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PRESS CONFERENCE: 6:30 p.m. 1/15/2009
Hotel Whitcomb, 1231 Market St., San Francisco
Contact: for attorneys or Nordykes:
Tel.: Cally or David: 408-264-8489
January 15, 2009 Email: email@example.com
SAN FRANCISCO - After hearing attorneys from both sides argue their cases today in the landmark case, Nordyke v. King, the U.S. 9th Circuit Court of Appeals has an historic task before it in answering the civil rights question of whether individual civil rights enshrined in the Second Amendment to keep and bear arms must be recognized by states and not just the federal government. The case also addresses free speech and equal protection rights of gun show owners.
It started nearly a decade ago in 1999, when the Alameda County Board of Supervisors passed a gun-ban ordinance with the intent to eliminate gun shows from Alameda County. After being forced to cancel scheduled shows, T&S Gun Shows, owned and operated by Russell and Sally Nordyke, they along with civil rights activists, gun collectors and enthusiasts filed suit, claiming the county was unconstitutionally violating their civil rights guaranteed under the U.S. Constitution.
"The larger impact of this case is to ensure that the Bill of Rights, including rights under the Second Amendment, applies to everyone," Donald Kilmer, lead attorney for the plaintiffs, said. He said the County's intent always has been to stifle a gun enthusiasts forum and a type of speech that those specific elected officials disagreed with. "The county concedes that my clients have always operated their shows in compliance with state and federal laws, and that there has never been any gun-related violence at one of their shows," Kilmer said.
• After the Alameda County supervisors instructed the county attorney to devise an ordinance to ban gun shows, supervisors later passed an ordinance making it illegal to possess firearms on county property. The ordinance also forbid the presence of firearms at gun shows, effectively banning gun shows at the fairgrounds.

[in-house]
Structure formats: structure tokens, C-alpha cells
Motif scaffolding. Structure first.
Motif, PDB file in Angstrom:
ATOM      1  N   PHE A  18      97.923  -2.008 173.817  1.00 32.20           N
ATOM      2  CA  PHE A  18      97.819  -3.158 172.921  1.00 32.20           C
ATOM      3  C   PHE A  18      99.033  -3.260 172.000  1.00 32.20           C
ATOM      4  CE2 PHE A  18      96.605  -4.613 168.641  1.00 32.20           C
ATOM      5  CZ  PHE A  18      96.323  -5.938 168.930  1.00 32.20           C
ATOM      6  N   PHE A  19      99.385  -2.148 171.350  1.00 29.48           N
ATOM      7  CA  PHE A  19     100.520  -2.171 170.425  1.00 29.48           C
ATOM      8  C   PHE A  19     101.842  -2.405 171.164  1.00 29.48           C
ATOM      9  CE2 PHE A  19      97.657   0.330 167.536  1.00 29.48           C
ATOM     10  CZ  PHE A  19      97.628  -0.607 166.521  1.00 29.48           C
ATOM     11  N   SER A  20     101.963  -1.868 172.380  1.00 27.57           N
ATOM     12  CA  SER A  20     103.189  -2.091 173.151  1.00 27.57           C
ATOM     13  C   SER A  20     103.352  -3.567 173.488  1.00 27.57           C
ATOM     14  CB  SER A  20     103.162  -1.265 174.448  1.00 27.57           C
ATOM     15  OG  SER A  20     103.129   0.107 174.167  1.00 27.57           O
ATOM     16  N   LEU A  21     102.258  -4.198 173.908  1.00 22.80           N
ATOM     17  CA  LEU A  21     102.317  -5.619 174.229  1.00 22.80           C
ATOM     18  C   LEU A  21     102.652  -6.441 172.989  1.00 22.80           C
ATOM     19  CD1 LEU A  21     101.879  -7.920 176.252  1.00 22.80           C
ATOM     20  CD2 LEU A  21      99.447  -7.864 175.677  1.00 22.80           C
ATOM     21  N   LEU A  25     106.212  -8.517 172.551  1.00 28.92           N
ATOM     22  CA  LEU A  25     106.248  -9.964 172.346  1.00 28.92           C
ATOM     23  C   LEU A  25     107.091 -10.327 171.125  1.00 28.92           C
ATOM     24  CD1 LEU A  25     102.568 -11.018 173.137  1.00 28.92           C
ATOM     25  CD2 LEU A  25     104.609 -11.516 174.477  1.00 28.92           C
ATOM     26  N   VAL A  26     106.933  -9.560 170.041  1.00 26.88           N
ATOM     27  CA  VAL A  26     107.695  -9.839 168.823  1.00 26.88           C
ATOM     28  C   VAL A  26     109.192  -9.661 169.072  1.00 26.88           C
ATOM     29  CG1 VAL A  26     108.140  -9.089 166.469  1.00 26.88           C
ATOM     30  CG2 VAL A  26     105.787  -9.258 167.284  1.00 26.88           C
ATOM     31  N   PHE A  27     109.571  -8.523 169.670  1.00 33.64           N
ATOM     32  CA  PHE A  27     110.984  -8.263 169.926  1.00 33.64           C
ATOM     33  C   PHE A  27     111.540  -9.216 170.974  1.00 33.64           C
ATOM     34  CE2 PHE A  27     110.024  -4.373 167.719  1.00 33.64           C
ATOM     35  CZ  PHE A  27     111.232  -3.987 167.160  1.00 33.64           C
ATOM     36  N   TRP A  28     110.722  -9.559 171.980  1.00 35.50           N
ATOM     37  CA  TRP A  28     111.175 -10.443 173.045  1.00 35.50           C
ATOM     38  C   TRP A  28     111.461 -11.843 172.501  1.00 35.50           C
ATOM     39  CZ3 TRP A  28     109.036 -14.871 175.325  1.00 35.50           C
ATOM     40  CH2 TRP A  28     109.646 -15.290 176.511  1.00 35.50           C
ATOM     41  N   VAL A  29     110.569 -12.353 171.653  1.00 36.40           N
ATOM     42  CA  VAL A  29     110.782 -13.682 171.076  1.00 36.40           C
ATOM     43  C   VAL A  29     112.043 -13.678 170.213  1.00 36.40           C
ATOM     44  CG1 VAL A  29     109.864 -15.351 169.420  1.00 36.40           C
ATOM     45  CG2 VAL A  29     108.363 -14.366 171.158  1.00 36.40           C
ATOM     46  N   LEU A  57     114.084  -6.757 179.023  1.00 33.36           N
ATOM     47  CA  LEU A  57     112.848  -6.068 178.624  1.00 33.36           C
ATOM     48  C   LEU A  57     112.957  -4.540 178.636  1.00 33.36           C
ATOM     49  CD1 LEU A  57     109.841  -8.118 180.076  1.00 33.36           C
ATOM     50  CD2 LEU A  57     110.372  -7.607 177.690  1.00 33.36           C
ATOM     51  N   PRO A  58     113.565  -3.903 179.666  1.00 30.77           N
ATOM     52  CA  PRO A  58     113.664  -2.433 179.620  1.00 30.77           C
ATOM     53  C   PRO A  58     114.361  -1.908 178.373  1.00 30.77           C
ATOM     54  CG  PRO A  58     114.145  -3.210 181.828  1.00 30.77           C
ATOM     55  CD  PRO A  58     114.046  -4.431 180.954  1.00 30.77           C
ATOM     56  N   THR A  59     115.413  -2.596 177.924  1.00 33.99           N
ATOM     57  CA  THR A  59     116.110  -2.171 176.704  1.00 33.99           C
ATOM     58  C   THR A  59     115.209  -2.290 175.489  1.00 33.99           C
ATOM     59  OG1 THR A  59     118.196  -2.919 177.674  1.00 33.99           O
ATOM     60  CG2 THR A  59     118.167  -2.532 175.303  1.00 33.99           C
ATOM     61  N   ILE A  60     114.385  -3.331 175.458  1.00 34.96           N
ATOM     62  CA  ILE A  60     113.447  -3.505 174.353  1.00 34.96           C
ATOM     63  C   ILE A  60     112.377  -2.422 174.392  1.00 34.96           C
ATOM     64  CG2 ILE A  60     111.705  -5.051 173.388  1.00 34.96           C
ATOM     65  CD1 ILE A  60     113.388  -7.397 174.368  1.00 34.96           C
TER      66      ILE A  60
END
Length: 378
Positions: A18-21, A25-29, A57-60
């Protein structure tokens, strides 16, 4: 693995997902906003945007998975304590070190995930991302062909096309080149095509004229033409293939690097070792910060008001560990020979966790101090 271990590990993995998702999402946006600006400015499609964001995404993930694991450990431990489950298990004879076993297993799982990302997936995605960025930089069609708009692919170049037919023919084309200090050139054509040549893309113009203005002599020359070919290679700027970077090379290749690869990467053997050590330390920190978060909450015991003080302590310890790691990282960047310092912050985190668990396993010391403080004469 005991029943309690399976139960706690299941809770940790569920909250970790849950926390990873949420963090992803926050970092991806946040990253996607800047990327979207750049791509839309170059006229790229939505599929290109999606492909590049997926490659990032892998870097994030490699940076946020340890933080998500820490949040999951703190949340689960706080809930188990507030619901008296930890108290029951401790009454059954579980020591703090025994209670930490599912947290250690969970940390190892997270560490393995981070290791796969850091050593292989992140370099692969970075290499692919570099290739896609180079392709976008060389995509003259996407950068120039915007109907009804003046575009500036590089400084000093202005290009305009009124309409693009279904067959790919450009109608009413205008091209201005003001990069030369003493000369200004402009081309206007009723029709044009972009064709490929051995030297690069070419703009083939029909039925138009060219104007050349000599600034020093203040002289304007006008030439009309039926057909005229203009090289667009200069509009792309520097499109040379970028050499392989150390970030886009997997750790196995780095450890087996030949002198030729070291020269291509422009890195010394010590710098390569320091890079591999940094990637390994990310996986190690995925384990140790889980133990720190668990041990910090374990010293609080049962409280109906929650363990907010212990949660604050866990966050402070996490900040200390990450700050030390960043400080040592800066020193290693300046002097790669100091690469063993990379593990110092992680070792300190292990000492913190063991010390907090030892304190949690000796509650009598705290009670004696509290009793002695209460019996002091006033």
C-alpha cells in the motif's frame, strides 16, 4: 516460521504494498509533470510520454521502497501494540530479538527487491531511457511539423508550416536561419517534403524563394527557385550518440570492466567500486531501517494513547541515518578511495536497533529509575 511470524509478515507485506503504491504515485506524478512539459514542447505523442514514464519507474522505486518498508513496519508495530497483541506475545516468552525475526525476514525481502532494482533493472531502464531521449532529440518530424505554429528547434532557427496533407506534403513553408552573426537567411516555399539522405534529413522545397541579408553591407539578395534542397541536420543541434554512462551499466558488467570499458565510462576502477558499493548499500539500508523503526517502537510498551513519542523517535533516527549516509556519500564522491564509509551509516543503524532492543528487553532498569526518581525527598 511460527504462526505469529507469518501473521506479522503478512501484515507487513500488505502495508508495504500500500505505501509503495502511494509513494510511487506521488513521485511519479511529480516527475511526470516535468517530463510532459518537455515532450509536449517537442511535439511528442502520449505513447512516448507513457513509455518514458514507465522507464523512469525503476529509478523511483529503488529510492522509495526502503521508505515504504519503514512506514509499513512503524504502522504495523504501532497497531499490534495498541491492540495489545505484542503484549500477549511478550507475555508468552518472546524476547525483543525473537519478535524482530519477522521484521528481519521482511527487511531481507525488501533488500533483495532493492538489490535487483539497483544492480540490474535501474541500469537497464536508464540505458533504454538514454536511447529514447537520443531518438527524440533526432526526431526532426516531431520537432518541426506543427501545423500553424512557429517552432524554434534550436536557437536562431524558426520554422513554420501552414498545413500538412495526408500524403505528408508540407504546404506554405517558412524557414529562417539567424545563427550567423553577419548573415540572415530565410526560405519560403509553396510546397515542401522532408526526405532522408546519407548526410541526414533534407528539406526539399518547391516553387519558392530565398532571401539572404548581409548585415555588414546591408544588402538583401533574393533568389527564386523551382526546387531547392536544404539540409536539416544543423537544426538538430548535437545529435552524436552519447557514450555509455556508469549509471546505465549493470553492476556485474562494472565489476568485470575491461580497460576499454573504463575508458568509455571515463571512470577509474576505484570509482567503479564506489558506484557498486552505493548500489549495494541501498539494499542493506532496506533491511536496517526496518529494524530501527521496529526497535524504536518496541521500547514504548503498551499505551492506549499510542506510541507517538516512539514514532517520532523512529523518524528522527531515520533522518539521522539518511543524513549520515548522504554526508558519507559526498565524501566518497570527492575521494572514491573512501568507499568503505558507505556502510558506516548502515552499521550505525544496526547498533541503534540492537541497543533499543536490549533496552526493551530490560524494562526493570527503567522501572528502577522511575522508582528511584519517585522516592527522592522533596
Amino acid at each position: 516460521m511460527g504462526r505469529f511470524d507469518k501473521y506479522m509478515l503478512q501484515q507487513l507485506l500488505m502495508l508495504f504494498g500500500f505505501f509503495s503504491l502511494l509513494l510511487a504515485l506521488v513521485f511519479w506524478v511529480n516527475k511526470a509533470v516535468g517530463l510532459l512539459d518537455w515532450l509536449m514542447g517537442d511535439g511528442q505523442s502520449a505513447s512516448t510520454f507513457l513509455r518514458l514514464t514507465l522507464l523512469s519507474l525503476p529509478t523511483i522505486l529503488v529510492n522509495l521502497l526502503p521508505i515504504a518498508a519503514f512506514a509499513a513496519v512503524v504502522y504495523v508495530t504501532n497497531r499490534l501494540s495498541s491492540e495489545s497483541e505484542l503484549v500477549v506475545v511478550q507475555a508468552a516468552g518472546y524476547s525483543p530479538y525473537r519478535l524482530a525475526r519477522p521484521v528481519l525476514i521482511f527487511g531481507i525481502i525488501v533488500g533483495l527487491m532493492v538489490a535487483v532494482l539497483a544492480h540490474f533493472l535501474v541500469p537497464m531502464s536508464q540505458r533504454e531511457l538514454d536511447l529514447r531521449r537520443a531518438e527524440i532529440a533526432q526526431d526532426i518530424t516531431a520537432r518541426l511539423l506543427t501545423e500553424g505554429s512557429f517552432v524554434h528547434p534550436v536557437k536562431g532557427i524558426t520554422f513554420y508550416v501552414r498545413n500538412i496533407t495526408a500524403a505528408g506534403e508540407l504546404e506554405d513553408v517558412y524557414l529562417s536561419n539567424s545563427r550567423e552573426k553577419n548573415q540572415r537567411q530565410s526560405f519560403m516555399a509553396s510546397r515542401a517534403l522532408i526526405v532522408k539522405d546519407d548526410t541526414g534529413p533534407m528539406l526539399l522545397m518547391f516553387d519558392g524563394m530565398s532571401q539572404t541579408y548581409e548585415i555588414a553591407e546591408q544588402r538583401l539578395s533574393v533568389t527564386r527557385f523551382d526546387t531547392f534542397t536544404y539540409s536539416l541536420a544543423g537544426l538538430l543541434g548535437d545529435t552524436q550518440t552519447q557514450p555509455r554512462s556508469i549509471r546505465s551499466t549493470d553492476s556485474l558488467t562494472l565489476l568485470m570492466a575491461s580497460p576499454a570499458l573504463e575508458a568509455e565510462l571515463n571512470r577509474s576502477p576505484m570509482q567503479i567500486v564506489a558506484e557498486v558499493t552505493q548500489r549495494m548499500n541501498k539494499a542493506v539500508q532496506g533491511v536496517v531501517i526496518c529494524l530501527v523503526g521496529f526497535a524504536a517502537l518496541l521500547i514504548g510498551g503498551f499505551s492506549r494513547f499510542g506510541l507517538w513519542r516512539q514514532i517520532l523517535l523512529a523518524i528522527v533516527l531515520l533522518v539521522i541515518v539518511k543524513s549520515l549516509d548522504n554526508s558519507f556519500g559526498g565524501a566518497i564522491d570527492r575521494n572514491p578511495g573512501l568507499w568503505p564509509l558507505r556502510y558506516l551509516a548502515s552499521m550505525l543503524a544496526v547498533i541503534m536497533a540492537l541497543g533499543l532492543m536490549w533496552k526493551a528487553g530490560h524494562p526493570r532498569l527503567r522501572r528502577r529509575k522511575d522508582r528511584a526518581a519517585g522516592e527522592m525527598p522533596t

• Russell and Sally Nordyke, Operators of T&S Gun Shows, contacted attorney Donald Kilmer after the county cancelled their shows because of the ordinance. Together, with a group of gun collectors and enthusiasts, they filed suit in federal court against King and the other supervisors challenging the ordinance on the grounds it violated the First and Second Amendments of the U.S. Constitution and was preempted by state law already regulating firearms.
• The trial court upheld the County ordinance. The Nordykes appealed, and the appellate court sent the preemption issue to the California Supreme Court.
• On appeal, the California Supreme Court found the ordinance was not preempted by state law - effectively sending the case back to the federal courts for the First and Second Amendment arguments.
• The federal Appellate court refused to hear the Second Amendment argument because previous law in this circuit held the right to keep and bear arms was not an individual right. (THIS DECISION IS NOW ON APPEAL)
• The Federal Appellate Court denied the First Amendment claims but left open the possibility for an "as applied" challenge, so the case went back to the trial court for further argument.